gun smoke, please
Steven O’Hara, of No. 41 Wing, was on the Ticonderoga class guidedmissile
cruiser USS Lake Champlain.
HAD never been to sea before, so was a little apprehensive about
what life would be like during the hectic and challenging exercise
environment, especially as it was a foreign vessel.
She was the anti-air warfare (AAW) command ship for the multinational
force (MNF), which comprised 18 major surface units from Australia,
Canada, Chile, South Korea and the US.
The ship’s role was to coordinate all AAW aspects for the MNF
and conduct other maritime defence functions, including close-in
protection of the USS John C. Stennis.
The initial highlight occurred during the departure from Pearl
Harbour when the ship’s company formed up on deck in full ceremonial
uniform to salute the USS Arizona Memorial and the decommissioned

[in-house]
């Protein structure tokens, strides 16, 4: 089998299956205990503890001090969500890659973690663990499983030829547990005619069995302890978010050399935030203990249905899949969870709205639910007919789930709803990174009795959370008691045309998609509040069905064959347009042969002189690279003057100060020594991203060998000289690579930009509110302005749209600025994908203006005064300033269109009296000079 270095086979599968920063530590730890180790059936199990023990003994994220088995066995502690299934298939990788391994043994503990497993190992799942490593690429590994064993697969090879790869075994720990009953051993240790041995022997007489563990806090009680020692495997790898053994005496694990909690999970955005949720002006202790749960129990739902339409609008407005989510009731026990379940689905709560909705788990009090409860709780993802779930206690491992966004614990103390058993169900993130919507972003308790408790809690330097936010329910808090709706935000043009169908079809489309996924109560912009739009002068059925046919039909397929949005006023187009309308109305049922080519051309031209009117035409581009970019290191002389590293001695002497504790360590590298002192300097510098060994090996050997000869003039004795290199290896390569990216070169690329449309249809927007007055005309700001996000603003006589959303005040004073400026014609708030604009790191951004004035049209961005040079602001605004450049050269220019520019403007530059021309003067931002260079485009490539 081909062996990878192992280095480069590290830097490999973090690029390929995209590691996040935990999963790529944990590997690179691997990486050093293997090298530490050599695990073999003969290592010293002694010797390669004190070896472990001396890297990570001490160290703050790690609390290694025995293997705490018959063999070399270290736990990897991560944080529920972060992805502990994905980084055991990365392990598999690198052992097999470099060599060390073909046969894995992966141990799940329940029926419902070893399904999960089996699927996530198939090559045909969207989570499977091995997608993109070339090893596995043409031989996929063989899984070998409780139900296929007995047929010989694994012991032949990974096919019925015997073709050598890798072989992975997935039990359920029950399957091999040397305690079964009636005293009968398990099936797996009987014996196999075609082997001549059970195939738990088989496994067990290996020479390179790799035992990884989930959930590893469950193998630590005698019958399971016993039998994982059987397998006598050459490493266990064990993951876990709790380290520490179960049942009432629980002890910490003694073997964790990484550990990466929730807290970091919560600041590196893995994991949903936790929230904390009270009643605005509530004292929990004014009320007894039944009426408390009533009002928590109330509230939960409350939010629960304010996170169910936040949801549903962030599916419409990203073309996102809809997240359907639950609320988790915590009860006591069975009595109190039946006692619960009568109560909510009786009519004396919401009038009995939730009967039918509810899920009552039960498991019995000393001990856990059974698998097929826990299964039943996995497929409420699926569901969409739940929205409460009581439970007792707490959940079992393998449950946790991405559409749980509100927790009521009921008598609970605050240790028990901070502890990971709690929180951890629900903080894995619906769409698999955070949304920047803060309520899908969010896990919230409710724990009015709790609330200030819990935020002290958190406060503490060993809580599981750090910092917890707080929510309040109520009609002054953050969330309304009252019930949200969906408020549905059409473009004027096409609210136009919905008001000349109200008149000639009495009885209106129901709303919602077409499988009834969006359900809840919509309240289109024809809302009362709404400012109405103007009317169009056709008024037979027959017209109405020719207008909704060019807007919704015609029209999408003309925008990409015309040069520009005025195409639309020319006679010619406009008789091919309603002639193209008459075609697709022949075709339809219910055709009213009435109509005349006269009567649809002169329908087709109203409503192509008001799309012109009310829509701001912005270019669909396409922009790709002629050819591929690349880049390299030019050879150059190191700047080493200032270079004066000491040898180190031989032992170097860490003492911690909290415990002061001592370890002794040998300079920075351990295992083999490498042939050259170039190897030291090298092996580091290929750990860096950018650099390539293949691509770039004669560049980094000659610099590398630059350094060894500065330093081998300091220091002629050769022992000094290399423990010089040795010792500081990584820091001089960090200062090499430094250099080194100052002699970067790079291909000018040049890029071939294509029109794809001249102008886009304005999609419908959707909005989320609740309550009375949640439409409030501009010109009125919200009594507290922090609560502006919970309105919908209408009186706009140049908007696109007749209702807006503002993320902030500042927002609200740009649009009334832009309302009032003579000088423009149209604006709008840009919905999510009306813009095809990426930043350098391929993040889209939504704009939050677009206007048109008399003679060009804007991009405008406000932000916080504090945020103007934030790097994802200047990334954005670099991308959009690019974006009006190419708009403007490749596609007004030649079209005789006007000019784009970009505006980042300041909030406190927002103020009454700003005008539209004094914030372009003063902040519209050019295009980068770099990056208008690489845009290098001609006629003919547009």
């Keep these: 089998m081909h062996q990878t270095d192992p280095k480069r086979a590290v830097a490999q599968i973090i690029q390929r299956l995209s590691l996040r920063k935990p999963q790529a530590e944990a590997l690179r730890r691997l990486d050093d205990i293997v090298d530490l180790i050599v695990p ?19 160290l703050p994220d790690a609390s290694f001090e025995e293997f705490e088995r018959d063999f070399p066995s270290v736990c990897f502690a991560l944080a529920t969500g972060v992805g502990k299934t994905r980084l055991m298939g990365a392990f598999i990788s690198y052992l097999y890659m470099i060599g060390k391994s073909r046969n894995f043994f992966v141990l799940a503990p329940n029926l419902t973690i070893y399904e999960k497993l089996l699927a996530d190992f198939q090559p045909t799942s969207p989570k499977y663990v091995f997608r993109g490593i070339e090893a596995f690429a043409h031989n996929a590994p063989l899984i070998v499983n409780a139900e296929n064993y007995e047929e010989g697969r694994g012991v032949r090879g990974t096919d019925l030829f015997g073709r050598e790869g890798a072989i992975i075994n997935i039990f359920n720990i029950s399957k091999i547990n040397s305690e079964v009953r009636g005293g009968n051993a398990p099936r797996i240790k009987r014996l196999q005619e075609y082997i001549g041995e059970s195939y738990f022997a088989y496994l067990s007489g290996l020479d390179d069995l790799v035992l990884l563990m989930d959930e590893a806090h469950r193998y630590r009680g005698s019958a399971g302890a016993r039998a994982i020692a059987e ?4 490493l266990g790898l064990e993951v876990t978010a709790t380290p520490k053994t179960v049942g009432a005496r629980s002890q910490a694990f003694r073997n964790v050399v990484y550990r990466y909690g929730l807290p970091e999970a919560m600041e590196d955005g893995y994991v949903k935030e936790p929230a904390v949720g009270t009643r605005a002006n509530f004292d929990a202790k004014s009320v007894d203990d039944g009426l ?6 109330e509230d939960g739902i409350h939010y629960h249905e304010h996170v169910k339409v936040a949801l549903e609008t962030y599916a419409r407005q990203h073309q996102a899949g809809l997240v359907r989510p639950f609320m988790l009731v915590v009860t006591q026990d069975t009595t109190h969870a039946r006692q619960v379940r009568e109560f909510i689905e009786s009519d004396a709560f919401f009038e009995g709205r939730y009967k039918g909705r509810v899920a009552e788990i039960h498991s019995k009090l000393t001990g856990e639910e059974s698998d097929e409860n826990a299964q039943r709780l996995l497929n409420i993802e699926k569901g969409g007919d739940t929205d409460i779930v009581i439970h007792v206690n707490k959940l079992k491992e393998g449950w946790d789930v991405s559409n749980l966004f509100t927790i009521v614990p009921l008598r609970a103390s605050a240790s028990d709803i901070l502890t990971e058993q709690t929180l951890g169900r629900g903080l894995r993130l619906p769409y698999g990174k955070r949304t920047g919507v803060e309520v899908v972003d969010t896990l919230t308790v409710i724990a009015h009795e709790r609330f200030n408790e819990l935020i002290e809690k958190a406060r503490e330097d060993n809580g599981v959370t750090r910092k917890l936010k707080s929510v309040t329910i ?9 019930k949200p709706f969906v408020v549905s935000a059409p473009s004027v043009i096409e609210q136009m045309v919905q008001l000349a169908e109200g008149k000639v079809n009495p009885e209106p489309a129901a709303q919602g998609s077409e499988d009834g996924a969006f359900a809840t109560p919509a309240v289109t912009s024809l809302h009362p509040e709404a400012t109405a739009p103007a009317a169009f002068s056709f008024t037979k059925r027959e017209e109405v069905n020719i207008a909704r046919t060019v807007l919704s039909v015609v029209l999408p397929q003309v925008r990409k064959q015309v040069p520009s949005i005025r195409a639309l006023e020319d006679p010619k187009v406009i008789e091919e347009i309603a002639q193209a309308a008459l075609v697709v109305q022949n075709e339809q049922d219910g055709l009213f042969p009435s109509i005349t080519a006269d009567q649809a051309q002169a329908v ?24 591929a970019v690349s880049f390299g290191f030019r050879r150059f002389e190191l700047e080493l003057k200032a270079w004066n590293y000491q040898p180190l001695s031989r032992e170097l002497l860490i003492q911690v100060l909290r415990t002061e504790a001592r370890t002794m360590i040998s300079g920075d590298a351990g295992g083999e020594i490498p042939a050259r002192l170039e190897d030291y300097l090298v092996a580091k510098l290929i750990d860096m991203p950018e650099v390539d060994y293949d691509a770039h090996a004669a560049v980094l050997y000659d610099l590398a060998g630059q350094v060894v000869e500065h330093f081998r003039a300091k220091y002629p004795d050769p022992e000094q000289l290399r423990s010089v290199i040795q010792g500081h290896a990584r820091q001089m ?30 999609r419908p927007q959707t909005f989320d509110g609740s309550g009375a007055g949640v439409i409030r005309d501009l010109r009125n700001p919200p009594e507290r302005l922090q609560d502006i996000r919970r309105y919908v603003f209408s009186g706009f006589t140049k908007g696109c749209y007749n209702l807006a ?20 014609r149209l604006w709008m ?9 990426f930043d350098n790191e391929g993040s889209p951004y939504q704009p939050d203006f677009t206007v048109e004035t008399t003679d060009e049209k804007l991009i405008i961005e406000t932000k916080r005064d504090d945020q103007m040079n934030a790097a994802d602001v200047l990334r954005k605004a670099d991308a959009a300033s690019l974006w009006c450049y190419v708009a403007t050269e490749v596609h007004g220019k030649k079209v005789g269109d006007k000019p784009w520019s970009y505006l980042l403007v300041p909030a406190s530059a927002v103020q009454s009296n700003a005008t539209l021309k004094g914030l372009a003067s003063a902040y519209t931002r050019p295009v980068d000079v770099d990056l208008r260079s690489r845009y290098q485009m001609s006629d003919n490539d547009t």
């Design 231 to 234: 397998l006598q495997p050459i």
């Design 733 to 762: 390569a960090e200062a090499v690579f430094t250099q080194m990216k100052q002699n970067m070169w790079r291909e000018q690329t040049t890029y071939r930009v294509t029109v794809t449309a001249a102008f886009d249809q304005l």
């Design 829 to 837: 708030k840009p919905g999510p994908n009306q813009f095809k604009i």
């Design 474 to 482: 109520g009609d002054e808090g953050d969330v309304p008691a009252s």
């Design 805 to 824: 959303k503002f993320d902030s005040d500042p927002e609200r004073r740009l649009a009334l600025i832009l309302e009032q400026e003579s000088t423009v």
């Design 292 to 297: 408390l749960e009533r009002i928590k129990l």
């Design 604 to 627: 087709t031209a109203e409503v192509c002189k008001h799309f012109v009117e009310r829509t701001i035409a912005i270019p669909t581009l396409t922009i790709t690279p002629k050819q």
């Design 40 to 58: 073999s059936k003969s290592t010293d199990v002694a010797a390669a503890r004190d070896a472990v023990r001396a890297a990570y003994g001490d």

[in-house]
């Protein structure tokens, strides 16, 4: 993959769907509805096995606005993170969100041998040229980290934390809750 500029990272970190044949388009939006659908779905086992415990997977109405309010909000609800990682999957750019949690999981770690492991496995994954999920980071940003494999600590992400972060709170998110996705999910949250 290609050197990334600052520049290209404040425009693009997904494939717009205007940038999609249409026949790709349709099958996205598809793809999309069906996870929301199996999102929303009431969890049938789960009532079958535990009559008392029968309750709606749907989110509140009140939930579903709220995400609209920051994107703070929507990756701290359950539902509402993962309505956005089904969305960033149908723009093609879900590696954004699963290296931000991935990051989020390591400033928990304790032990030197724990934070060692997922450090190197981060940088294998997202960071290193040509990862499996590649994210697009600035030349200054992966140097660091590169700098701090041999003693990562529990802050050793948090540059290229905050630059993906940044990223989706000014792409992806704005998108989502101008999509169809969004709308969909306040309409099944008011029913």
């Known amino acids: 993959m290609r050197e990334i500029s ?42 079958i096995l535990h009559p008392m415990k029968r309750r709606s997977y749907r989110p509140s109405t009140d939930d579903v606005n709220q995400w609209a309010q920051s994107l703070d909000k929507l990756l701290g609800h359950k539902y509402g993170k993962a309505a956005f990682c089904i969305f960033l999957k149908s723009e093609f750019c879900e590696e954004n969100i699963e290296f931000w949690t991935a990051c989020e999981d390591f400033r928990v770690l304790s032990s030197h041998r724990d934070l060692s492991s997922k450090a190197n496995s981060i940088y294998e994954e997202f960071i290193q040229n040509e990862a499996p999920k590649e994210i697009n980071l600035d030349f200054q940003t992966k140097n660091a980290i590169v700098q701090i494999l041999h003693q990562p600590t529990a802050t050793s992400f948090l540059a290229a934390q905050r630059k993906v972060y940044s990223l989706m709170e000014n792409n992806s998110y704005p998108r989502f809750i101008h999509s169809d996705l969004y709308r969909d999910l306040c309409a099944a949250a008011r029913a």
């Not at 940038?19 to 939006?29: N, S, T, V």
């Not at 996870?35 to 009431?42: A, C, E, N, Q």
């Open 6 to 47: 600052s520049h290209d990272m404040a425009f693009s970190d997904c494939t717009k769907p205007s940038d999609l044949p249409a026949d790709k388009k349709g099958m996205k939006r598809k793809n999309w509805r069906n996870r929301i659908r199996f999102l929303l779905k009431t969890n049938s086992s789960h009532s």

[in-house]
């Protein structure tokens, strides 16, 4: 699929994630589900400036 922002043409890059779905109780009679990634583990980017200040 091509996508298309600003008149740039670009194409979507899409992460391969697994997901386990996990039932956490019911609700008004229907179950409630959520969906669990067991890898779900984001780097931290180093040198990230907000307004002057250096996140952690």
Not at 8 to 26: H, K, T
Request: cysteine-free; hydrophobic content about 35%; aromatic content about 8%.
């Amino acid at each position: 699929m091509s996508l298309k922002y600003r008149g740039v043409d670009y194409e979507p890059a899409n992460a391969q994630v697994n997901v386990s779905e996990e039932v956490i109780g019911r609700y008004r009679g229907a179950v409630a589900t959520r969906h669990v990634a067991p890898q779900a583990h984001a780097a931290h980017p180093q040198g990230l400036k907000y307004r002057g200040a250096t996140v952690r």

battleship Missouri as we sailed past.
My primary duties were to observe and assist the ship’s air defence
offi cer with watchkeeping in the Combat Information Centre and
the air intercept controllers (AICs) with Fighter Control.
I was given an opportunity to conduct AIC missions during the
tactical phase of the exercise, controlling USN aircraft using
the ship’s phased array SPY-1 radar.
This radar system is one of the components of the powerful AEGIS
air warfare system. I saw fi rings of the Phalanx close-in weapon
system, fi ve inch deck guns, SM2 Standard surface-to-air missiles
and RGM- 84D harpoon anti-shipping missile.
It was amazing how much the morale lifted after the missile launches
and gun fi rings. As the pennant fl ying from the mast stated:
“Gun smoke is good, more is better”.